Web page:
FIG. 4 shows one embodiment for implementing circuit 100 of FIG. 3. In FIG. 4, a circuit 200 employs cascode transistors 101, 102 as drivers with their gates coupled to VCASC 110. Load 104 of FIG. 3 is now shown as a mixer load 204. Although a variety of mixer circuits may be employed, in one embodiment, mixer load 204 is a Gilbert Cell mixer, in which current drive from transistors 101, 102 determines the gain of mixer 204. For the embodiment of FIG. 4, transconductance stage 103 is represented by a pair of transconductance current sources GM_P 206 and GM_N 207. In this particular embodiment, differential voltage input signals IP and IN generate the drive currents.

Gain control network 105 of FIG. 3 is now shown as one or more transistors 205 in circuit 200. Although only one transistor 205 is shown in FIG. 4, it is to be noted that there may be a plurality of transistors arranged across nodes 201 and 202. ISHUNT represents the amount of current flowing between nodes 201 and 202, whether there is only one active transistor or multiple active transistors across nodes 201, 202. In the particular embodiment of circuit 200, either VCASC is applied to the gate of transistor 205 to turn on (activate) transistor 205 or a low potential, such as ground, is placed on the gate to turn off (deactivate) transistor 205. Signal SEL is used to control which potential is to be switched on to the gate of transistor 205. The SEL signal corresponds to the GAIN SELECT signal of FIG. 3 when multiple transistors 205 are present. Although a ground is shown coupled to the gate of transistor 205, a low voltage sufficient to turn off transistor 205 may be applied.

Also referring to FIG. 5, transistor network 300 shows one embodiment for implementing multiple transistors across nodes 201, 202. In the particular example, seven transistors 301-307 (also noted as M1-M7) are shown arranged in parallel across nodes 201, 202. Transistors M1-M7 comprise gain control network 105 of FIG. 3. The gates of M1-M7 are individually controlled by separate SEL signals so that each transistor activation may be controlled separately. In the particular example illustrated for network 300, M7 is shown in the activated position with VBIAS applied to the gate of M7, while the remaining transistors M1-M6 are shown in the deactivated state with the gates coupled to ground. The particular example of FIG. 5 shows the gates coupled to ground, but other embodiments may couple the gates to a low voltage that turns off the transistors M1-M7.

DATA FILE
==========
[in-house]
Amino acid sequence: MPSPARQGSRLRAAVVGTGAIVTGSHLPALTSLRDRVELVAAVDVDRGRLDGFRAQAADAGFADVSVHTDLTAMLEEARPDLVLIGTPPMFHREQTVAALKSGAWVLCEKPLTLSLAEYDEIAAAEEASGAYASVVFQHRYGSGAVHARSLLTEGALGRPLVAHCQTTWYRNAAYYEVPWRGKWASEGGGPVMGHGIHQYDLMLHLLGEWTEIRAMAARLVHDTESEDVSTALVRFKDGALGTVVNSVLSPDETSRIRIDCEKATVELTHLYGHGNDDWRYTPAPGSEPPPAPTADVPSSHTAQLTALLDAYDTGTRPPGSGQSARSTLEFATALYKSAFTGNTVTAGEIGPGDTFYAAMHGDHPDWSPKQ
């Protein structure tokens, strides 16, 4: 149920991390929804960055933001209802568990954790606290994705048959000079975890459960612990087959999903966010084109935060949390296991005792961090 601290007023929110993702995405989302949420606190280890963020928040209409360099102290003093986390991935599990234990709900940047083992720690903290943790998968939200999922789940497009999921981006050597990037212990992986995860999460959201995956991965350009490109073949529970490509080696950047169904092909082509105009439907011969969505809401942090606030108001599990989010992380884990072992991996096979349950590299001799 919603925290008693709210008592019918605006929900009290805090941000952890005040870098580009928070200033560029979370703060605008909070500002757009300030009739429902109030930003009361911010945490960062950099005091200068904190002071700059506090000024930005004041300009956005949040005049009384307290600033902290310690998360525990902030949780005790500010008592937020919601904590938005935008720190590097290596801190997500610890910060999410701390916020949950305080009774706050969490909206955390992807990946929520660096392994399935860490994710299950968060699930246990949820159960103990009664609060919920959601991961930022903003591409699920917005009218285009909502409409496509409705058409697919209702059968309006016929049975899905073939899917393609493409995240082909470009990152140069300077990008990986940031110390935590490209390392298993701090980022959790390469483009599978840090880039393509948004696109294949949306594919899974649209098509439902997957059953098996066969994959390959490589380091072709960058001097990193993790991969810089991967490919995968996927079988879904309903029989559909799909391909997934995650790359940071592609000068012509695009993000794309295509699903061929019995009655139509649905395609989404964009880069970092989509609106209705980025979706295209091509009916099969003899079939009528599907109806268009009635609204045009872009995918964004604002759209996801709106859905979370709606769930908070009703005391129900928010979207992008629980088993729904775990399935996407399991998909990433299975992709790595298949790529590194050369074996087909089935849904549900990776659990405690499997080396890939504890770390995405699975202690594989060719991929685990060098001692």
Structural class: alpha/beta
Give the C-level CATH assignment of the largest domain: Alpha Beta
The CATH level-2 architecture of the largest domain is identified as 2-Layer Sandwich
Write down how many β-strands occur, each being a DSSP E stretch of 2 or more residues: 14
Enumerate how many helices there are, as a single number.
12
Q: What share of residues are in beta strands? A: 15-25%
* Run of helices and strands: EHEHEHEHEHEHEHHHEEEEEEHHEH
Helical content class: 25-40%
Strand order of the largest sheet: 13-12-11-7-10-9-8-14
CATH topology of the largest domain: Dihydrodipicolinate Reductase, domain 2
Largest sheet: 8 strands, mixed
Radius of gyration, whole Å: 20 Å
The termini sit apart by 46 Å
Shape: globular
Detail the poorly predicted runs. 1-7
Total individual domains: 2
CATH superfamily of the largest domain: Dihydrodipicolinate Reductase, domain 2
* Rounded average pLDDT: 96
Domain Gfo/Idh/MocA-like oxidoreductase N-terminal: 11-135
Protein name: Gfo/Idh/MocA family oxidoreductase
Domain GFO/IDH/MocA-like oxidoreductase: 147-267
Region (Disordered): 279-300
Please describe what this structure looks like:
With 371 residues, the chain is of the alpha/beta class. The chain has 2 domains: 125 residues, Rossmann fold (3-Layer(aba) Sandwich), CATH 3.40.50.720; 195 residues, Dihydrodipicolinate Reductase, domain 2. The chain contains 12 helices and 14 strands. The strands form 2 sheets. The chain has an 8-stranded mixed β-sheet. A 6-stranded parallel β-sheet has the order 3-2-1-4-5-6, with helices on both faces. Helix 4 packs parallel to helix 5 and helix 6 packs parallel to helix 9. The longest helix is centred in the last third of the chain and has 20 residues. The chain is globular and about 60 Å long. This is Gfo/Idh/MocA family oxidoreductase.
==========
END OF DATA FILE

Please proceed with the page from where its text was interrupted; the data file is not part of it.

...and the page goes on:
Since the amount of current flow between nodes 201, 202 is determined by the number of transistors in the turn-on state, ISHUNT is minimum when all transistors M1-M7 are off and ISHUNT is maximum when all transistors M1-M7 are on. Furthermore, since ISHUNT is inversely proportional to ICASC due to the current division of IGM, maximum gain (minimum attenuation) is obtained from circuit 200 when M1-M7 are off and minimum gain (maximum attenuation) is obtained from circuit 200 when M1-M7 are all on. Intermediate gain ranges may be obtained by selectively activating/deactivating various combinations of M1-M7. Thus, by selectively turning on various transistors M1-M7, gain attenuation may be achieved in steps by increasing ISHUNT accordingly.

It is to be noted that the gain adjustment on the drive current is also applicable to the offset current, so that the offset current is scaled to the drive current. Thus, when the drive current is attenuated to such a level that a small drive current is fed to the mixer, the offset is attenuated proportionately, to prevent a significant LOFT in the mixer.

In FIG. 5, the SEL signal may be made programmable, so that various gain settings may be programmed. The SEL signal controls which one or combination of transistors M1-M7 are to be on. The activation/deactivation of M1-M7 is shown by manipulation of switches at the gates of M1-M7 for simplicity. However, various mechanisms may be used to apply voltages to the gates of M1-M7. Furthermore, the switching may be achieved remotely and not necessarily at the gate location of M1-M7, as shown.